In this study, author Charles Beemer very effectively gets to the heart of why Wallace, who forged an enviable early war combat record that seemingly destined him for military fame and glory, was essentially rendered persona non grata in the Union high command. Clearly, Lew Wallace was ill-served by the nation's military apparatus but Beemer assigns secondary status to these outside forces. The primary source of Wallace's misfortune was his own behavior off the battlefield. Great controversies seek out scapegoats and men like Wallace, who could be their own worst enemies, have targets on their backs and are also least equipped to survive the storm. Nakedly ambitious subordinate generals who are disloyal to superiors, ignore the chain of command, and demonstrate a frequent willingness to exceed or disregard orders tend to acquire few friends, and many enemies, in high places. Lew Wallace's struggle with himself was truly his "greatest quarrel with fortune."


More CWBA reviews of KSUP titles:
* Work for Giants: The Campaign and Battle of Tupelo/Harrisburg, Mississippi, June-July 1864
* Richmond Must Fall: The Richmond-Petersburg Campaign, October 1864
* A German Hurrah!: Civil War Letters of Friedrich Bertsch and Wilhelm Stängel, 9th Ohio Infantry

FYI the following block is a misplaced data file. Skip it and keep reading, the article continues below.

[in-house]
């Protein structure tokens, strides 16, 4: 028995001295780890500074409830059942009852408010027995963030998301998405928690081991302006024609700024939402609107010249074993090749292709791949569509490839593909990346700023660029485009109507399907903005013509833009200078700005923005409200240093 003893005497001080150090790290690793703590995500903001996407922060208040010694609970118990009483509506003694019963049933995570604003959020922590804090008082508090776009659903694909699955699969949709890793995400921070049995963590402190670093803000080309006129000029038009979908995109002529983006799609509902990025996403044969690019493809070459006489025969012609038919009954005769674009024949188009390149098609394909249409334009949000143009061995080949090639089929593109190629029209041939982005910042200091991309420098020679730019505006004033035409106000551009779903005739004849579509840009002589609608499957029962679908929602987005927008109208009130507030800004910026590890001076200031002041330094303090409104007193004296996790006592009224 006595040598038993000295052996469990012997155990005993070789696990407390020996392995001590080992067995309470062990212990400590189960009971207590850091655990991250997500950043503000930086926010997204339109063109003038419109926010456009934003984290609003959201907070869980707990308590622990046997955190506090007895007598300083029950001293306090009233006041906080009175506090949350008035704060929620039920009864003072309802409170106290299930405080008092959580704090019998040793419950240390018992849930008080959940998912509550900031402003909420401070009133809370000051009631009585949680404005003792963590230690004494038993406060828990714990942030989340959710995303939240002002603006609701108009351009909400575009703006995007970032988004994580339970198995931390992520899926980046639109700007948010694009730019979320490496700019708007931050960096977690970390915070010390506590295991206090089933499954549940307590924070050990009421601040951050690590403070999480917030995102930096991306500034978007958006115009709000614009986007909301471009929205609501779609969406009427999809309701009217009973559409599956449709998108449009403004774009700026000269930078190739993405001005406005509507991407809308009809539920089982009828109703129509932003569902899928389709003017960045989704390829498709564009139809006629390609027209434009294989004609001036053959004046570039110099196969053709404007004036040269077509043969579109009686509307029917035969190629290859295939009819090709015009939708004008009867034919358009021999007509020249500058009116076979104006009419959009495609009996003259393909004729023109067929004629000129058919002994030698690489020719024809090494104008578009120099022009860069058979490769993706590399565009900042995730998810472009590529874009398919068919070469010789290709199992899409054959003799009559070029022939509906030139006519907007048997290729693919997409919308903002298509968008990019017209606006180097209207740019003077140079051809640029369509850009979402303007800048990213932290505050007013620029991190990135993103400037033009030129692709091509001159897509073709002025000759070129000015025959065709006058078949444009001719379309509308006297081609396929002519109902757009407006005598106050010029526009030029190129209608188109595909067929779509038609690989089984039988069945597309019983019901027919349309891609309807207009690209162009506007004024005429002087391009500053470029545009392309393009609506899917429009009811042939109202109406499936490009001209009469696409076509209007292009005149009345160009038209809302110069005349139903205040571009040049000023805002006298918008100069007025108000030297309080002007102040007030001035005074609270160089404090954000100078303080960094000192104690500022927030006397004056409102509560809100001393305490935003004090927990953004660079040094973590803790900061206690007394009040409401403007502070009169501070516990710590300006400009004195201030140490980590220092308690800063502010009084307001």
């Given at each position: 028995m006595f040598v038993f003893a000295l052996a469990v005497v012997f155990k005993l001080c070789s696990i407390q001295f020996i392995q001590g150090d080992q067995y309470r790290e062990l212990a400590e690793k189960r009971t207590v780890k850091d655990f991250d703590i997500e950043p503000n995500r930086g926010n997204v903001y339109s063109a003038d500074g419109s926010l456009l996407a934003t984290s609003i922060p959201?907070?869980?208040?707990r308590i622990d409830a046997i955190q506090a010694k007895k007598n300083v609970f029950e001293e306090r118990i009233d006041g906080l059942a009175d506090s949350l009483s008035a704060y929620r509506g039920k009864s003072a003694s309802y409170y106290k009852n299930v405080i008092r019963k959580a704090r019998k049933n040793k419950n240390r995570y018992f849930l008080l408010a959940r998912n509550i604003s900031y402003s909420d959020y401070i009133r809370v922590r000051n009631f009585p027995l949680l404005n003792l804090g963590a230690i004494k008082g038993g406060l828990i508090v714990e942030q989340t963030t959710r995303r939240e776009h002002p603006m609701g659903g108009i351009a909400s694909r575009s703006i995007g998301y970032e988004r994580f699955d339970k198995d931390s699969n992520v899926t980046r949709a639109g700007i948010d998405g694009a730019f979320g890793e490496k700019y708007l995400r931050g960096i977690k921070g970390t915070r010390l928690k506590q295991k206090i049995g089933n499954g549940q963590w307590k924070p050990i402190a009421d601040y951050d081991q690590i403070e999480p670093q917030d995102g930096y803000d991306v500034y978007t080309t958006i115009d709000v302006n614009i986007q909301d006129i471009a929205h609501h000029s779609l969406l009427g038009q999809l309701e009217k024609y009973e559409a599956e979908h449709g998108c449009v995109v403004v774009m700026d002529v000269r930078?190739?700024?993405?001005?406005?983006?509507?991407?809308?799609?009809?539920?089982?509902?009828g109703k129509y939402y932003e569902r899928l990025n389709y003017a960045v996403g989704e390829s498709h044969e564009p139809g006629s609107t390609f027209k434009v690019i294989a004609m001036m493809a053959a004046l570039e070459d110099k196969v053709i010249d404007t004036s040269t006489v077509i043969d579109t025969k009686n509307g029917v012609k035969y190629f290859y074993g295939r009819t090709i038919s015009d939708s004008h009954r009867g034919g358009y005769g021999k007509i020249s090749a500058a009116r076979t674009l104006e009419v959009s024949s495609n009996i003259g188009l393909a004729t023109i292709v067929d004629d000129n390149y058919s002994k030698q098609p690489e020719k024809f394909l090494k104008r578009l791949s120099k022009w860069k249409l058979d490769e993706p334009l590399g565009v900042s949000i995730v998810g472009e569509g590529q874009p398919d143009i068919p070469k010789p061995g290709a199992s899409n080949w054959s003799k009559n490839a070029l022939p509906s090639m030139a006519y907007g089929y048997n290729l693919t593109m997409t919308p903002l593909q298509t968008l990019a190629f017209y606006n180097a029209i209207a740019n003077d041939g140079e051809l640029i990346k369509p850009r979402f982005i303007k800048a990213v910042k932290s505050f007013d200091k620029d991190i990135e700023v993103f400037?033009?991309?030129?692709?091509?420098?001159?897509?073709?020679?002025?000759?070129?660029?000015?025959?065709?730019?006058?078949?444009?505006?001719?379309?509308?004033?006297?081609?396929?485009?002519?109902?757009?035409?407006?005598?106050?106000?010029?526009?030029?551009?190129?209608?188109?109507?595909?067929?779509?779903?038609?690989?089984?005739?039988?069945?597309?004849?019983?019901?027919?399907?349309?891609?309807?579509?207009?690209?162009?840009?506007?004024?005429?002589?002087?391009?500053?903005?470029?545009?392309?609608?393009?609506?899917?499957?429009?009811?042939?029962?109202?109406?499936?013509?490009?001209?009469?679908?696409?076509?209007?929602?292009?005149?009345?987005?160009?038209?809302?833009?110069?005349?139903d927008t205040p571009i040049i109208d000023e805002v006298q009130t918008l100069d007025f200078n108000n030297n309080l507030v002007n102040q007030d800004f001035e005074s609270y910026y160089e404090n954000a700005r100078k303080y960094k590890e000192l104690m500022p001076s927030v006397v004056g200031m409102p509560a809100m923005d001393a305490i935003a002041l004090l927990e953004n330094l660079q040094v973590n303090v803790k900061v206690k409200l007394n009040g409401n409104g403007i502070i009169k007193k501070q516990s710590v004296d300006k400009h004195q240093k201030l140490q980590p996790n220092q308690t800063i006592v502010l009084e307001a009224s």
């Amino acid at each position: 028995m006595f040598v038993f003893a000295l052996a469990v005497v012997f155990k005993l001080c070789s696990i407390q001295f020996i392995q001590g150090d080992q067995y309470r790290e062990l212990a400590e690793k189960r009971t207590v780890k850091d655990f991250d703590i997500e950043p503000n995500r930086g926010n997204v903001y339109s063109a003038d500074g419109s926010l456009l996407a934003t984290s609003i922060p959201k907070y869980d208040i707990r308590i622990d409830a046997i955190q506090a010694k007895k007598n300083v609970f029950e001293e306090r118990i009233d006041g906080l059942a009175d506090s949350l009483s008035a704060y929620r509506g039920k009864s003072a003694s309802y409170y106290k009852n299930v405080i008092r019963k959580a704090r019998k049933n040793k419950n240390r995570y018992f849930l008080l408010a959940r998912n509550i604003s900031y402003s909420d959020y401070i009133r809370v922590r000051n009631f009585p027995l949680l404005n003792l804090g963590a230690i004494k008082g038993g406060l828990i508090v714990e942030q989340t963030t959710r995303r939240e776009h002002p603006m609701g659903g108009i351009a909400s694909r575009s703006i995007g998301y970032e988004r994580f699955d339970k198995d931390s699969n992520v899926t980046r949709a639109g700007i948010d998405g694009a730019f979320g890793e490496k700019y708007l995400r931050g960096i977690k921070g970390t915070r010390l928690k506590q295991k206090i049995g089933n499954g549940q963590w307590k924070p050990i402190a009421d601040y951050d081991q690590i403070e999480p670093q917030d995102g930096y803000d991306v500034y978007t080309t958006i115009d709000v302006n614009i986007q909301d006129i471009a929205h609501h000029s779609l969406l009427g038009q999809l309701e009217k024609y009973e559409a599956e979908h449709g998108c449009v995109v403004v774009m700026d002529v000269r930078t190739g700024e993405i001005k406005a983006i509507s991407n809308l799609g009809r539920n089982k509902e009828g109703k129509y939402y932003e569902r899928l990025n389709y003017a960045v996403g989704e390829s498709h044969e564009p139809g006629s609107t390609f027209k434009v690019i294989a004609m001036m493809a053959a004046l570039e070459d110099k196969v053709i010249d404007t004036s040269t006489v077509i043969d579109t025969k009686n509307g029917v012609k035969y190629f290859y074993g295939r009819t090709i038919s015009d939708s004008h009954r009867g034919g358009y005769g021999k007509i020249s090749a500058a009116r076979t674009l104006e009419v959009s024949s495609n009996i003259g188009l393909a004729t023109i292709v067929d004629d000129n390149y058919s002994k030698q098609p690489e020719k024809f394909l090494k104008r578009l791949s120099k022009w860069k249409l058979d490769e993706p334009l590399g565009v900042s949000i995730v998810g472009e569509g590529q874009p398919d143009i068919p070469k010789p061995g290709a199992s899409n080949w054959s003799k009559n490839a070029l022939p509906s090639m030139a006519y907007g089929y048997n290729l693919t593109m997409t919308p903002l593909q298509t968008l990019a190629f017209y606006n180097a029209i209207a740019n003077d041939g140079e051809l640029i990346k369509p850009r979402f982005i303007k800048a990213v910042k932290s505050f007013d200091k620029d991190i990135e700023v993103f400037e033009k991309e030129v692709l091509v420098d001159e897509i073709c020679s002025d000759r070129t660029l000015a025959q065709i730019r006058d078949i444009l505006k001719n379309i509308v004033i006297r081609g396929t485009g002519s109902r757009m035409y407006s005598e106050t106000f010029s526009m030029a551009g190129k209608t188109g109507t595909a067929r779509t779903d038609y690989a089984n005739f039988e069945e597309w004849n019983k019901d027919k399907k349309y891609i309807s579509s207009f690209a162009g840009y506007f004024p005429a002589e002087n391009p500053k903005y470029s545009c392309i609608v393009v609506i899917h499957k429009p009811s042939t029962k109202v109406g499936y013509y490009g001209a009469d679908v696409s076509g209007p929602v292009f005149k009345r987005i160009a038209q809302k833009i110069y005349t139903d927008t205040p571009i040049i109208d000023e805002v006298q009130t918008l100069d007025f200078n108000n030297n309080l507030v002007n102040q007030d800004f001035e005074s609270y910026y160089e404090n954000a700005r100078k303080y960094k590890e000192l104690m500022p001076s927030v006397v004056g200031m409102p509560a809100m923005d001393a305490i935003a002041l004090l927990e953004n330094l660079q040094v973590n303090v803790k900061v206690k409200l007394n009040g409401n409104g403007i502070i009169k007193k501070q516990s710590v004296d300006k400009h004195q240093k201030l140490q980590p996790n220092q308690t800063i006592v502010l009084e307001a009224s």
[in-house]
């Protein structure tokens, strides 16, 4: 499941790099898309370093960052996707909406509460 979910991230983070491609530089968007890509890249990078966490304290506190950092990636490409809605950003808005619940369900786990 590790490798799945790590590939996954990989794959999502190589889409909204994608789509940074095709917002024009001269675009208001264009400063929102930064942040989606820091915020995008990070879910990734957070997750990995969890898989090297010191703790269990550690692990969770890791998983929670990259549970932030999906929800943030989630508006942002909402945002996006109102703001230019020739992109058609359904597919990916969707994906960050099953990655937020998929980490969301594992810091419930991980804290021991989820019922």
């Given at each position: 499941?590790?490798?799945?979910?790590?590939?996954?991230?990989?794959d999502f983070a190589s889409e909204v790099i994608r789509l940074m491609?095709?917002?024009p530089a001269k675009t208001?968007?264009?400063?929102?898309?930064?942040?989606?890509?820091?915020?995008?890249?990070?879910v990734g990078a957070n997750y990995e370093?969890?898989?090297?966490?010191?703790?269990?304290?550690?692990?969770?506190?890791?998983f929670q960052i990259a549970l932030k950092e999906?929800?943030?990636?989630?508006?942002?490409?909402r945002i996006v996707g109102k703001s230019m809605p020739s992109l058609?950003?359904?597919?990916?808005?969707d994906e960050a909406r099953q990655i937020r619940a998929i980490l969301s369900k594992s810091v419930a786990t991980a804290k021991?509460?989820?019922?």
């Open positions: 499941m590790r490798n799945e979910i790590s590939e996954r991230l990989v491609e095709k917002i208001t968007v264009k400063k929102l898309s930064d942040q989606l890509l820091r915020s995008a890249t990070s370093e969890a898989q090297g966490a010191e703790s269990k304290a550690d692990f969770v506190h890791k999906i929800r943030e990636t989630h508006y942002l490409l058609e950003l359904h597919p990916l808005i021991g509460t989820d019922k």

* Orlando M. Poe: Civil War General and Great Lakes Engineer
* August Willich's Gallant Dutchmen: Civil War Letters from the 32nd Indiana Infantry
* Caution and Cooperation: The American Civil War in British-American Relations
* Winfield Scott and the Profession of Arms

3 comments:

  1. BTW, John F., if you happen to see this, the author recently responded to your earlier Booknotes question about the book:

    http://cwba.blogspot.com/2015/10/booknotes-my-greatest-quarrel-with.html

    ReplyDelete
    Replies
    1. John FoskettNovember 20, 2015

      Drew: Thanks. And thanks to the author for responding. As somebody who immersed himself in a deep investigation of that particular topic, I think that it appears to have been appropriately handled in the book.

      Delete
  2. Thank you for this lucid analysis of the differing views on Shiloh coming from Grant & Wallace. Well done.

    ReplyDelete